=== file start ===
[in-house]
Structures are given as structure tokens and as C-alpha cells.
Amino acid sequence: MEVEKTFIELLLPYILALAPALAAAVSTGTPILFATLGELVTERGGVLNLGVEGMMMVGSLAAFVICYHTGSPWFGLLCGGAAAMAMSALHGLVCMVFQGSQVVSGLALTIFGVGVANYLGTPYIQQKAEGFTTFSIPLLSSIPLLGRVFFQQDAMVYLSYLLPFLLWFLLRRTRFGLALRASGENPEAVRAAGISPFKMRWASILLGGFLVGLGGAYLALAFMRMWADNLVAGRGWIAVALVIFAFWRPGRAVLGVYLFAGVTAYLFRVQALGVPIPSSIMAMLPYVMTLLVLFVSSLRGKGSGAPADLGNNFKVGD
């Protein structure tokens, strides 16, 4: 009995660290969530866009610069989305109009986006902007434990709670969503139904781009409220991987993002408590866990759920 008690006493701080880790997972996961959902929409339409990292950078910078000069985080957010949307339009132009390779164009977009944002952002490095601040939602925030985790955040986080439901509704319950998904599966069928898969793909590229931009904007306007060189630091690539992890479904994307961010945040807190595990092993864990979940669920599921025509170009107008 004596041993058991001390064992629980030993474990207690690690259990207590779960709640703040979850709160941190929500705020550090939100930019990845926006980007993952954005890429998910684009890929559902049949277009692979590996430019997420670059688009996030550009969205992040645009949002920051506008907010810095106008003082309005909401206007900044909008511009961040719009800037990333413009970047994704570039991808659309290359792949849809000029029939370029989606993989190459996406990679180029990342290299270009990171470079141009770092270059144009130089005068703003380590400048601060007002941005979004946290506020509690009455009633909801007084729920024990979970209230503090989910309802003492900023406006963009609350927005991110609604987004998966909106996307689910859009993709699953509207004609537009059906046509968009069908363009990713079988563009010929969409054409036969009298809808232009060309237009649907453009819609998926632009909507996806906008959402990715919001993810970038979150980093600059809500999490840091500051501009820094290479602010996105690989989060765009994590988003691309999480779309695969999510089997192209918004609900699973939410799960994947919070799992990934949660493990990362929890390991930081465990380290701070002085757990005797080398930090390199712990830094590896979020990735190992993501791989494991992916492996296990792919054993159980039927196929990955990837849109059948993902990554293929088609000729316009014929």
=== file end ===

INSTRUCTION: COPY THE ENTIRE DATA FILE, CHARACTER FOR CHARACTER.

[in-house]
Structures are given as structure tokens and as C-alpha cells.
Amino acid sequence: MEVEKTFIELLLPYILALAPALAAAVSTGTPILFATLGELVTERGGVLNLGVEGMMMVGSLAAFVICYHTGSPWFGLLCGGAAAMAMSALHGLVCMVFQGSQVVSGLALTIFGVGVANYLGTPYIQQKAEGFTTFSIPLLSSIPLLGRVFFQQDAMVYLSYLLPFLLWFLLRRTRFGLALRASGENPEAVRAAGISPFKMRWASILLGGFLVGLGGAYLALAFMRMWADNLVAGRGWIAVALVIFAFWRPGRAVLGVYLFAGVTAYLFRVQALGVPIPSSIMAMLPYVMTLLVLFVSSLRGKGSGAPADLGNNFKVGD
């Protein structure tokens, strides 16, 4: 009995660290969530866009610069989305109009986006902007434990709670969503139904781009409220991987993002408590866990759920 008690006493701080880790997972996961959902929409339409990292950078910078000069985080957010949307339009132009390779164009977009944002952002490095601040939602925030985790955040986080439901509704319950998904599966069928898969793909590229931009904007306007060189630091690539992890479904994307961010945040807190595990092993864990979940669920599921025509170009107008 004596041993058991001390064992629980030993474990207690690690259990207590779960709640703040979850709160941190929500705020550090939100930019990845926006980007993952954005890429998910684009890929559902049949277009692979590996430019997420670059688009996030550009969205992040645009949002920051506008907010810095106008003082309005909401206007900044909008511009961040719009800037990333413009970047994704570039991808659309290359792949849809000029029939370029989606993989190459996406990679180029990342290299270009990171470079141009770092270059144009130089005068703003380590400048601060007002941005979004946290506020509690009455009633909801007084729920024990979970209230503090989910309802003492900023406006963009609350927005991110609604987004998966909106996307689910859009993709699953509207004609537009059906046509968009069908363009990713079988563009010929969409054409036969009298809808232009060309237009649907453009819609998926632009909507996806906008959402990715919001993810970038979150980093600059809500999490840091500051501009820094290479602010996105690989989060765009994590988003691309999480779309695969999510089997192209918004609900699973939410799960994947919070799992990934949660493990990362929890390991930081465990380290701070002085757990005797080398930090390199712990830094590896979020990735190992993501791989494991992916492996296990792919054993159980039927196929990955990837849109059948993902990554293929088609000729316009014929």